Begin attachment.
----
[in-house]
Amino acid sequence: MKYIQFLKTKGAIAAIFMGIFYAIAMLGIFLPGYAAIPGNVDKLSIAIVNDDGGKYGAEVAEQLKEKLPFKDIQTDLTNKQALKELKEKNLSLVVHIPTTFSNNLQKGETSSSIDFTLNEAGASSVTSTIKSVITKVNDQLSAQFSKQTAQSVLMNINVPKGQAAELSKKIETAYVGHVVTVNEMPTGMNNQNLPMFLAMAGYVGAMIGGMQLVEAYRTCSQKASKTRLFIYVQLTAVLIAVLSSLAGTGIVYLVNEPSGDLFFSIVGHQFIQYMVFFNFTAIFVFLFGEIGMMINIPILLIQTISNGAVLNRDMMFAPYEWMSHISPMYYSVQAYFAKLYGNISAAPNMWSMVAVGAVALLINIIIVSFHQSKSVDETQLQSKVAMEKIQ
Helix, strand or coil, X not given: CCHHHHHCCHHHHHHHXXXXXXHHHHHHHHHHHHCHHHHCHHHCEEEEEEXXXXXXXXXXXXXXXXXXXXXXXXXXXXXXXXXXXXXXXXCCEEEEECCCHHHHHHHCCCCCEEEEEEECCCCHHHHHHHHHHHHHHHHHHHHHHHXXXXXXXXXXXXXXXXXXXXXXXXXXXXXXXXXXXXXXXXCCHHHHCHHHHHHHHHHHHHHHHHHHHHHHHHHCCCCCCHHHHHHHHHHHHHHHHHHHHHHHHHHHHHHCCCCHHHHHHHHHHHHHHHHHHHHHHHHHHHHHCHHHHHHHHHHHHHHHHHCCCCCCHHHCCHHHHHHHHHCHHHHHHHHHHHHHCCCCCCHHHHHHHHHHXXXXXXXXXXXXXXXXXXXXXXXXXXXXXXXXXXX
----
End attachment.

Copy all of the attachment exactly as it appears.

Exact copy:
[in-house]
Amino acid sequence: MKYIQFLKTKGAIAAIFMGIFYAIAMLGIFLPGYAAIPGNVDKLSIAIVNDDGGKYGAEVAEQLKEKLPFKDIQTDLTNKQALKELKEKNLSLVVHIPTTFSNNLQKGETSSSIDFTLNEAGASSVTSTIKSVITKVNDQLSAQFSKQTAQSVLMNINVPKGQAAELSKKIETAYVGHVVTVNEMPTGMNNQNLPMFLAMAGYVGAMIGGMQLVEAYRTCSQKASKTRLFIYVQLTAVLIAVLSSLAGTGIVYLVNEPSGDLFFSIVGHQFIQYMVFFNFTAIFVFLFGEIGMMINIPILLIQTISNGAVLNRDMMFAPYEWMSHISPMYYSVQAYFAKLYGNISAAPNMWSMVAVGAVALLINIIIVSFHQSKSVDETQLQSKVAMEKIQ
Helix, strand or coil, X not given: CCHHHHHCCHHHHHHHXXXXXXHHHHHHHHHHHHCHHHHCHHHCEEEEEEXXXXXXXXXXXXXXXXXXXXXXXXXXXXXXXXXXXXXXXXCCEEEEECCCHHHHHHHCCCCCEEEEEEECCCCHHHHHHHHHHHHHHHHHHHHHHHXXXXXXXXXXXXXXXXXXXXXXXXXXXXXXXXXXXXXXXXCCHHHHCHHHHHHHHHHHHHHHHHHHHHHHHHHCCCCCCHHHHHHHHHHHHHHHHHHHHHHHHHHHHHHCCCCHHHHHHHHHHHHHHHHHHHHHHHHHHHHHCHHHHHHHHHHHHHHHHHCCCCCCHHHCCHHHHHHHHHCHHHHHHHHHHHHHCCCCCCHHHHHHHHHHXXXXXXXXXXXXXXXXXXXXXXXXXXXXXXXXXXX